KZN MEC tries to the bury the hatchet over funeral parlour race clash
The National Funeral Practitioners Association of SA (Nafupa-SA) will not block Indian and white-owned undertakers from working in townships.
But they will not back down from a "request for these businesses to give us space to service our own people”.
Last month Nafupa-SA issued a statement calling for a ban on Indian and white-owned undertakers from operating in townships from Thursday‚ February 1‚ and urged township residents to cash out funeral policies with those companies.
But on Tuesday‚ the association's president Muzi Hlengwa backed down‚ saying they will not intimidate Indian and white-owned funeral parlours.
"We are asking for space to work for our people. There is no need to fear what we are asking for. Don’t misinterpret what we are saying‚" he said.
Hlengwa on Tuesday said the association's members will instead march in the Durban city centre on Thursday to highlight their grievances.
This backtrack follows a meeting with the KwaZulu-Natal economic development‚ tourism and environmental affairs department this week.
In a statement issued on Tuesday‚ the department claimed to have "brokered a solution" between funeral parlours in the province.
"I can confirm that all the concerns which led to tensions among the various funeral operators have been addressed‚” said MEC Sihle Zikalala. “We have met with all the affected parties and agreed that there was a need to urgently form a steering committee to address issues of transformation which Black funeral practitioners had raised as one of their main concerns.”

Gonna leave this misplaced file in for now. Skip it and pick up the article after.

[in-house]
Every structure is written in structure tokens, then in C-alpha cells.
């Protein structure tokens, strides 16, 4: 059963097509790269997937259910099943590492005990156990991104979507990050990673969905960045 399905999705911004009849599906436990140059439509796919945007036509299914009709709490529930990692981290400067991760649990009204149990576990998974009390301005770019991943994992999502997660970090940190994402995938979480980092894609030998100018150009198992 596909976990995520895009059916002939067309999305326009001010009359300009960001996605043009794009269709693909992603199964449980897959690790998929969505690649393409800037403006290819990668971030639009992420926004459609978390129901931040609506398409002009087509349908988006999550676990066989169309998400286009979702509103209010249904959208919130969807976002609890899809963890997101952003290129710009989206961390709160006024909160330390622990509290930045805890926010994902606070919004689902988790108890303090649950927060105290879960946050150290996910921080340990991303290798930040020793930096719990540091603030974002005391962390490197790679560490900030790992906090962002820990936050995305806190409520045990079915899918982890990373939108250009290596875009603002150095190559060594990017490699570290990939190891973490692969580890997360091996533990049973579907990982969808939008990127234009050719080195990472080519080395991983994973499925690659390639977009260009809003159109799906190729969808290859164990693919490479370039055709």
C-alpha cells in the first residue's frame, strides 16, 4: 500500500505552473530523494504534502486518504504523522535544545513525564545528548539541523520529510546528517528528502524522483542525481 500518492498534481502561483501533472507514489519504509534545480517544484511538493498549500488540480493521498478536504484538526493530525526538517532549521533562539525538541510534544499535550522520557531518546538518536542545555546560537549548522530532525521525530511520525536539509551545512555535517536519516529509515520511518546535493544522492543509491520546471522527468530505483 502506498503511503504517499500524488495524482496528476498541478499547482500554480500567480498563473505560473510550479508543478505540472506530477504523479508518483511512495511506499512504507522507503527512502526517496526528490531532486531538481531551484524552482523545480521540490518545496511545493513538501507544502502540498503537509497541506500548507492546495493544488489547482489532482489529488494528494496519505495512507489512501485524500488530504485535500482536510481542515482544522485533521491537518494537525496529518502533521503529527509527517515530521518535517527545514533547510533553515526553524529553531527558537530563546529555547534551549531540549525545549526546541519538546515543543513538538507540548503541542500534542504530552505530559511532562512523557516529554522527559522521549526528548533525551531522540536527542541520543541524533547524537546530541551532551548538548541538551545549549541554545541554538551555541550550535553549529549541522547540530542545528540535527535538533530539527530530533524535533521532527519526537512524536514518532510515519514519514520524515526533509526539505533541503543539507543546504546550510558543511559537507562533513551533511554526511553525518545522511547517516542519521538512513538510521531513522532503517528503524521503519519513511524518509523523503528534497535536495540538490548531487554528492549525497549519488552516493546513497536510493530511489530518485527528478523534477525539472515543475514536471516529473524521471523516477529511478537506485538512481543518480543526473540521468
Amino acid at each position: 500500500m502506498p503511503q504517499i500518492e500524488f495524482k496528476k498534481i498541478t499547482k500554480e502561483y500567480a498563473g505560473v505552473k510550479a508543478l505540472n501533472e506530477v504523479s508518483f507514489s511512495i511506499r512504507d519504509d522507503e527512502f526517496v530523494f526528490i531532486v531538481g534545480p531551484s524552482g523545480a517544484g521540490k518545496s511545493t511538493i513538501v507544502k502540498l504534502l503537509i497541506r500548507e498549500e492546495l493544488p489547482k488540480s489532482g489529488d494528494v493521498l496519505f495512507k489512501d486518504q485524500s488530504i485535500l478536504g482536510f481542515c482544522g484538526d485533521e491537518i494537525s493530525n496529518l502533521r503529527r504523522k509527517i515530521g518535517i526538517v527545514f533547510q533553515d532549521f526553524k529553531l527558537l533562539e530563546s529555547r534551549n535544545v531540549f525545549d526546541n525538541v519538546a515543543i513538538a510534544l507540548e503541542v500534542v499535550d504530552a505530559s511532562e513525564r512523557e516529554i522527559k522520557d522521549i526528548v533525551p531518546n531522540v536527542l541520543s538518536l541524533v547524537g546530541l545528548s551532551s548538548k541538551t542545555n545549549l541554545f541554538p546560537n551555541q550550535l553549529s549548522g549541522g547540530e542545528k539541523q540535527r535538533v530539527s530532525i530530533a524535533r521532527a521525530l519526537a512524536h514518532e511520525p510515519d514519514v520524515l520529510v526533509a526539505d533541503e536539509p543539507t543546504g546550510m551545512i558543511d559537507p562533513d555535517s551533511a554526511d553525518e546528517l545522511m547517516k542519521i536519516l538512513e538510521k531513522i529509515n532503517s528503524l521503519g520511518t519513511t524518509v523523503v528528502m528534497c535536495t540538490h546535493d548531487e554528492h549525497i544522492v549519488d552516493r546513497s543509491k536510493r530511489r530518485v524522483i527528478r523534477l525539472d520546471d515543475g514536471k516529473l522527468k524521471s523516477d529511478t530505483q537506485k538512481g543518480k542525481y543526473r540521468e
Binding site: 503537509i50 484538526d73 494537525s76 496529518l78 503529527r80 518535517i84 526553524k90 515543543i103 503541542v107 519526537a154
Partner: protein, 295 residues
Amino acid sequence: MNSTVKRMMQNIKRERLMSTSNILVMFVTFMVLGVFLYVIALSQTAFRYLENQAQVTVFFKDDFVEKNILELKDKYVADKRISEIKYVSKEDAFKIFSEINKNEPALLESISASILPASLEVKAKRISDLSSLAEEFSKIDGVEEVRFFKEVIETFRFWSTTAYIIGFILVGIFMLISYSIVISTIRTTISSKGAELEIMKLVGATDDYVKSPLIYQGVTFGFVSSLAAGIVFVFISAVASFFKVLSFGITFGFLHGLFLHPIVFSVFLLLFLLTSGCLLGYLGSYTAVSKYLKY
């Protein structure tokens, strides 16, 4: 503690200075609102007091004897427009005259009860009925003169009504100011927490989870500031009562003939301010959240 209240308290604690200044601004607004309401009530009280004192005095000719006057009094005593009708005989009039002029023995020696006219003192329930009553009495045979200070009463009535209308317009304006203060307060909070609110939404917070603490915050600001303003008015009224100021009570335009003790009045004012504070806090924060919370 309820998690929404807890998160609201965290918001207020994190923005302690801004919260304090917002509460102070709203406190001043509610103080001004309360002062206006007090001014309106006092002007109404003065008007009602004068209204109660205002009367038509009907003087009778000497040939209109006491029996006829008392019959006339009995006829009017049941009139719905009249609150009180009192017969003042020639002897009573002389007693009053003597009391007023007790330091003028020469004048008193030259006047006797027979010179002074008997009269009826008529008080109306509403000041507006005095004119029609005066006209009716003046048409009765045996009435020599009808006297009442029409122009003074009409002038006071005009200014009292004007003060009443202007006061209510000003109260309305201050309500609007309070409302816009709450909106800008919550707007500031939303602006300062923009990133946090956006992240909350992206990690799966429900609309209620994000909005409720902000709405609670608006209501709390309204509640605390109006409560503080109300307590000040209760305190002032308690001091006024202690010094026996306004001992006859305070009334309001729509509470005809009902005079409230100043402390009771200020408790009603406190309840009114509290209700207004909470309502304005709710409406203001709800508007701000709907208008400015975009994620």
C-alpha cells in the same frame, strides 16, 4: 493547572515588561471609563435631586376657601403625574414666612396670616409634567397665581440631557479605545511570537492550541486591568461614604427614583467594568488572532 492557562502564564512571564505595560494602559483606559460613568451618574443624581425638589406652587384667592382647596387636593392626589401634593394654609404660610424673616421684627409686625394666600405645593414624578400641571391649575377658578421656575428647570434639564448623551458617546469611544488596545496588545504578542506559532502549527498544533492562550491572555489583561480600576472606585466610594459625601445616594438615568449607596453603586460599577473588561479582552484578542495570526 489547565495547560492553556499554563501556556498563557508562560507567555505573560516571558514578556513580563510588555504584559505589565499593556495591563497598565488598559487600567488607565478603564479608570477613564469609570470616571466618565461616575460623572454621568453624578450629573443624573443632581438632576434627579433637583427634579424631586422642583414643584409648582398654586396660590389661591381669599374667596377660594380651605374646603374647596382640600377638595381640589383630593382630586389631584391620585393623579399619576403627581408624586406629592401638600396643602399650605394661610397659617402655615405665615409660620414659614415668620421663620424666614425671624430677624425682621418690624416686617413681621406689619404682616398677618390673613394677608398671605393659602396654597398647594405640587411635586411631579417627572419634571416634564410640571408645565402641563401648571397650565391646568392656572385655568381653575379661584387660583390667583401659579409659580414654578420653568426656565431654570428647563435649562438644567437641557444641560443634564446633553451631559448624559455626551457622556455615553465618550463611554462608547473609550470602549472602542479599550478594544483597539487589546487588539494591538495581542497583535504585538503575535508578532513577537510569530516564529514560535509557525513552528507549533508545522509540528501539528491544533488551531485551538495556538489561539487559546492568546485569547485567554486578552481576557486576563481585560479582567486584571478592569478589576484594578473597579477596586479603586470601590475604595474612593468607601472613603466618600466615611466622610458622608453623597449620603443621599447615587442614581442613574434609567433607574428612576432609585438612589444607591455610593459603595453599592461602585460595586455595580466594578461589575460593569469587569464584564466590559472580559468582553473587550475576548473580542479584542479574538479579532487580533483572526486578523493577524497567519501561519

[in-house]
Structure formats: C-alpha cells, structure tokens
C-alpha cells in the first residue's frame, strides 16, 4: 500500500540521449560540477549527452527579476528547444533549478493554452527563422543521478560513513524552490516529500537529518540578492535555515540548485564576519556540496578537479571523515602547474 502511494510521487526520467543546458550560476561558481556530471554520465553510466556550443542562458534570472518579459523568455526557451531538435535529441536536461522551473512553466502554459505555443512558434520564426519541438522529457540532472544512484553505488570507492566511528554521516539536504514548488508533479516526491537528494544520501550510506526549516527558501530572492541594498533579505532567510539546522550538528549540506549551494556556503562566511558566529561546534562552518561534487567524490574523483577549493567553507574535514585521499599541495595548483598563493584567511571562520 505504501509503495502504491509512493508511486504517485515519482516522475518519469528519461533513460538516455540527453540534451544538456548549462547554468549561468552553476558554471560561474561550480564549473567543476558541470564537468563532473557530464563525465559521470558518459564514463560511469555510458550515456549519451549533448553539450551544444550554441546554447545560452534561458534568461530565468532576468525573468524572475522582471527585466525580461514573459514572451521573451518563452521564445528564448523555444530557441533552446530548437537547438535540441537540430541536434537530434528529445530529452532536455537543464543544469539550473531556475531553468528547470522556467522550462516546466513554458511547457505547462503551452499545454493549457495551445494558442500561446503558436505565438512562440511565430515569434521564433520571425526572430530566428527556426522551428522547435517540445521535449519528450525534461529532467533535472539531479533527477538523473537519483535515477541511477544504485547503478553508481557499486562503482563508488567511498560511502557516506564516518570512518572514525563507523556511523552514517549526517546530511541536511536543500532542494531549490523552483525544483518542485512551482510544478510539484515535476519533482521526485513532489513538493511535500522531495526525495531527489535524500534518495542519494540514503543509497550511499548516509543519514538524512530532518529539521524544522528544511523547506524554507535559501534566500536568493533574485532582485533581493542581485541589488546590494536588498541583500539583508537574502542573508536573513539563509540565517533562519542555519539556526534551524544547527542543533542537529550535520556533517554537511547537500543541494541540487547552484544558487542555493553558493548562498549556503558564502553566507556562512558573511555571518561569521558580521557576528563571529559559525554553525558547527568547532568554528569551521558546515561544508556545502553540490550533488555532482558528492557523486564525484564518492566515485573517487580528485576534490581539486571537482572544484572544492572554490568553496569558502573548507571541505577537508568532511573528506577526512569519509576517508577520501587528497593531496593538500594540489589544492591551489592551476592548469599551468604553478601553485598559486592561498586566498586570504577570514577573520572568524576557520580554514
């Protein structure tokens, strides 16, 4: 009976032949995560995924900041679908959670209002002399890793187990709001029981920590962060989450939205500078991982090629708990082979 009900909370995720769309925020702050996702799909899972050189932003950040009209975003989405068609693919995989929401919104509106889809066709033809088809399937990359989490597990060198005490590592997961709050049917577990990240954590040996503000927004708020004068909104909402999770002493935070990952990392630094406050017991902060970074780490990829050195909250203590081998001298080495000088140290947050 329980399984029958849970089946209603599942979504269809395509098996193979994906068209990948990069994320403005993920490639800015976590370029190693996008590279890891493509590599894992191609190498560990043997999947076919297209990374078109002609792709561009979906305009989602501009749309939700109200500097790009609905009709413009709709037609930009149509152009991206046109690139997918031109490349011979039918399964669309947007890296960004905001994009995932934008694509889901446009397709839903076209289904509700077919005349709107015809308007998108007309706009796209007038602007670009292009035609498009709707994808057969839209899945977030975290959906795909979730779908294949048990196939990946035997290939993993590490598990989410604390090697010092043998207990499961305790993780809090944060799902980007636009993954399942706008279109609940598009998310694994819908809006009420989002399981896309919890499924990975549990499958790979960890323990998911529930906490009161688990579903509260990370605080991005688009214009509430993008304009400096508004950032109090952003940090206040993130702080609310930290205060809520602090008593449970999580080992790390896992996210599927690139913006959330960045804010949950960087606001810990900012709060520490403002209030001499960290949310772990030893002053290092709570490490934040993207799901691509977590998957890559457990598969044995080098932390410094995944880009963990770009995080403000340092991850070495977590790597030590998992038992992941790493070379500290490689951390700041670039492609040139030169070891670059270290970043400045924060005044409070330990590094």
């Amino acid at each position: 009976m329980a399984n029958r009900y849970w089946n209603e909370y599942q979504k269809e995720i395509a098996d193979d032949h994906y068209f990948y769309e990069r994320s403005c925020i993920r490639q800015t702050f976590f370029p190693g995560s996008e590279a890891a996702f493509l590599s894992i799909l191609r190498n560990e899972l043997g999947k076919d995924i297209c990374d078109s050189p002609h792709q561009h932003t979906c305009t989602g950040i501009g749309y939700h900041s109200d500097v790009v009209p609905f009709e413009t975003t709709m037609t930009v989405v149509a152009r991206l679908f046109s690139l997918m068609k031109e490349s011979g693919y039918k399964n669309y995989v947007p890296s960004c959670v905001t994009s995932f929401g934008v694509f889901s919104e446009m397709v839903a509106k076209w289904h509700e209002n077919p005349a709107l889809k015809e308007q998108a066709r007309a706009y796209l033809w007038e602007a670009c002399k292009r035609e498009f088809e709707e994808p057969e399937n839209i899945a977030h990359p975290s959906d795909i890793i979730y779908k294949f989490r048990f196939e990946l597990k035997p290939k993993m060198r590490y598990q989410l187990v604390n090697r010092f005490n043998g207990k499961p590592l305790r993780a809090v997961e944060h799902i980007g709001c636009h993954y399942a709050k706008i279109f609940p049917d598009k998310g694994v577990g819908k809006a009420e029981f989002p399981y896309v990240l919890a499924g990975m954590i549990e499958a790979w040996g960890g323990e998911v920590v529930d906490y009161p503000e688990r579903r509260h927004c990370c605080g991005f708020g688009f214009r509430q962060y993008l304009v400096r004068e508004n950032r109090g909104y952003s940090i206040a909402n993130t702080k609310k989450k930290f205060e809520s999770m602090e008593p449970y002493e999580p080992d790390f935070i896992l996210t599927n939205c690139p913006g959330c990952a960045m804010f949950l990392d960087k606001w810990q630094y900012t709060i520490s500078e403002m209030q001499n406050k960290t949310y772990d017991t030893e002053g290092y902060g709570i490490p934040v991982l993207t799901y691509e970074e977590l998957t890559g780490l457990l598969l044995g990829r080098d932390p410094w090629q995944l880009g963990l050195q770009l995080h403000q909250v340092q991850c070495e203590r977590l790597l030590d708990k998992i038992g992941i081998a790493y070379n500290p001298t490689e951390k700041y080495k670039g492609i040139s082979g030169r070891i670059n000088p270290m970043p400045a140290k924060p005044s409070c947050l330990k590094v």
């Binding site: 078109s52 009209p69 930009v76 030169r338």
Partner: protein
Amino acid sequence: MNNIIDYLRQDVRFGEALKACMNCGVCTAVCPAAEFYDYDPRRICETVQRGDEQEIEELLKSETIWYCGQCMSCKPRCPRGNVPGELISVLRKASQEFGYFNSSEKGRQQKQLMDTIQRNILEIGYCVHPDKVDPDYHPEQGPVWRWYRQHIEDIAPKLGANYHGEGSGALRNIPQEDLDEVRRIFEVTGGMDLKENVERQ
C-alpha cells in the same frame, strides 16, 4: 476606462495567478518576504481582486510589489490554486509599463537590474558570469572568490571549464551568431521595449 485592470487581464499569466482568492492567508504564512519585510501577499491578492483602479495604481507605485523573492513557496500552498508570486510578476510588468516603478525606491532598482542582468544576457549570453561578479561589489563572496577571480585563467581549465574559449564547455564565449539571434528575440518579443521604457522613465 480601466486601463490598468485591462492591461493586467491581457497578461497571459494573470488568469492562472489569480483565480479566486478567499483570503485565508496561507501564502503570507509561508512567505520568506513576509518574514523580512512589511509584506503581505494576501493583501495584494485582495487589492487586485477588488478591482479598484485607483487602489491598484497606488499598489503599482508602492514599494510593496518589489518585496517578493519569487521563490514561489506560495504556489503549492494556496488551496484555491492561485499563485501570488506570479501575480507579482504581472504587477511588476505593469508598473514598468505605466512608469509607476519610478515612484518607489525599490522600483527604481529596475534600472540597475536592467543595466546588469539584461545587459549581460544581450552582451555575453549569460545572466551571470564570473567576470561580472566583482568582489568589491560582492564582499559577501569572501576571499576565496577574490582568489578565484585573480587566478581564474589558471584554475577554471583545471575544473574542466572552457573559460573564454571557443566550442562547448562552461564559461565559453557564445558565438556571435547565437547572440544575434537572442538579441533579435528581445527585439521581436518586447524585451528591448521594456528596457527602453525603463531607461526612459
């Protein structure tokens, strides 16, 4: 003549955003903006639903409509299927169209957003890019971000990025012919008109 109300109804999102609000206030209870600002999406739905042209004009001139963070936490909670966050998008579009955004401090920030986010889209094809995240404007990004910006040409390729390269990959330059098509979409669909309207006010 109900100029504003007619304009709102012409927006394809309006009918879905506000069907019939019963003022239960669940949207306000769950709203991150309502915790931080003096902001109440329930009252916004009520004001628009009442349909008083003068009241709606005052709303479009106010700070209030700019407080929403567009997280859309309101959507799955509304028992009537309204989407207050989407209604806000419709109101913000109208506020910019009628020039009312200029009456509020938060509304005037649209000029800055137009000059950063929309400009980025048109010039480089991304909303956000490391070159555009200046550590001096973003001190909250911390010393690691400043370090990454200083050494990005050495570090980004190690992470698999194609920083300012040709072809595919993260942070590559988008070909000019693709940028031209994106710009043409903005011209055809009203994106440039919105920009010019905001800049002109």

At the same time‚ on Tuesday the Durban High court ruled in favour of the Doves Group‚ which had applied for a court order interdicting Nafupa-SA from obstructing their business.
According to papers filed before the court last week‚ the interdict further aims to prevent damage to property‚ the creation of an environment which is not conducive to conducting business and the intimidation of Doves staff.
The application was not opposed.
Meanwhile‚ the National Funeral Parlours Association said it would not drop its Equality Court complaint against Napufa-SA.
"Even if they don’t block our members‚ we have to go ahead with the case because there were certain things that were said that cannot be ignored‚" said National Funeral Parlours Association public relations officer Mlungisi Chiliza.
In the application filed in the Durban Equality Court on Monday‚ Chiliza said Nafupa-SA and its executive were fanning racial prejudice.
"Certain members of the National Funeral Parlours Association‚ particularly Indian and White owned funeral businesses‚ have expressed their fear as to what will happen to them after February 1 should they conduct funerals in predominantly black are and unfortunately the association fears for their safety and is unable to protect them‚" he said in court papers.
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